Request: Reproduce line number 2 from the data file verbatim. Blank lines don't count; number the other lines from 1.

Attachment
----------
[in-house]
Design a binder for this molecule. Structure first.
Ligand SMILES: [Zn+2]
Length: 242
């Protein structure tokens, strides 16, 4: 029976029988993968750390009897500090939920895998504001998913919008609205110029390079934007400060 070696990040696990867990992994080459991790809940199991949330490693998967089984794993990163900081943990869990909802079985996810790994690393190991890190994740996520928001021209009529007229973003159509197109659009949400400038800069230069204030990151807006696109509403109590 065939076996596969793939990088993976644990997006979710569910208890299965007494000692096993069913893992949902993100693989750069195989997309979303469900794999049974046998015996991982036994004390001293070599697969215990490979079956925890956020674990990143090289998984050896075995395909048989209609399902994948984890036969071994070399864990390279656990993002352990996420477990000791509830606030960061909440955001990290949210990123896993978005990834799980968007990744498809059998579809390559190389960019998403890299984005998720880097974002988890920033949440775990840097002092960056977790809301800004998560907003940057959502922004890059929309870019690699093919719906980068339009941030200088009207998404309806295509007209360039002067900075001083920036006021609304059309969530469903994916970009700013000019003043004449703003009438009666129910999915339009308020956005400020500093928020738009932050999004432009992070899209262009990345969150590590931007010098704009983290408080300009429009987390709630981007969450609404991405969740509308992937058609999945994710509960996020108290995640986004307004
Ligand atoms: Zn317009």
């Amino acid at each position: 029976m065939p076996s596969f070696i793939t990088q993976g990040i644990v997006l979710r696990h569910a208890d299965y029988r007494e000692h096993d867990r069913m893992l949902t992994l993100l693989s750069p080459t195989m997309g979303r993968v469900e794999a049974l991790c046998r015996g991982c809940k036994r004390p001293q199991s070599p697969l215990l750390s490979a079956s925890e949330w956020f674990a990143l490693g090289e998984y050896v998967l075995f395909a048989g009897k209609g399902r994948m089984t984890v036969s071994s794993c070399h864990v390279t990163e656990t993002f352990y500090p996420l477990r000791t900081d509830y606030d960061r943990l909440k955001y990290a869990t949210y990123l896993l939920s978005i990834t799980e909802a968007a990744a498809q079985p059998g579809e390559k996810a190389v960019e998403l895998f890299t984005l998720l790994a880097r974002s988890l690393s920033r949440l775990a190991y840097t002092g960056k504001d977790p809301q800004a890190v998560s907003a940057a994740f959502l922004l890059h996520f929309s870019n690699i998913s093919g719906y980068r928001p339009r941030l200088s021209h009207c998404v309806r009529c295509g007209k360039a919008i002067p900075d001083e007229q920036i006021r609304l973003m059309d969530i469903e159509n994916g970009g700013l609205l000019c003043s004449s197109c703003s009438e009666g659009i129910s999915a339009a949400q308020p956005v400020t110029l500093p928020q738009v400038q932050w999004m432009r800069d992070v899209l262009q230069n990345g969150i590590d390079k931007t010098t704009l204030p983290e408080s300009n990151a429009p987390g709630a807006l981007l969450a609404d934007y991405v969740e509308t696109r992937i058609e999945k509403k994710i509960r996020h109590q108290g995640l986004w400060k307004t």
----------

Design a binder for this molecule. Structure first.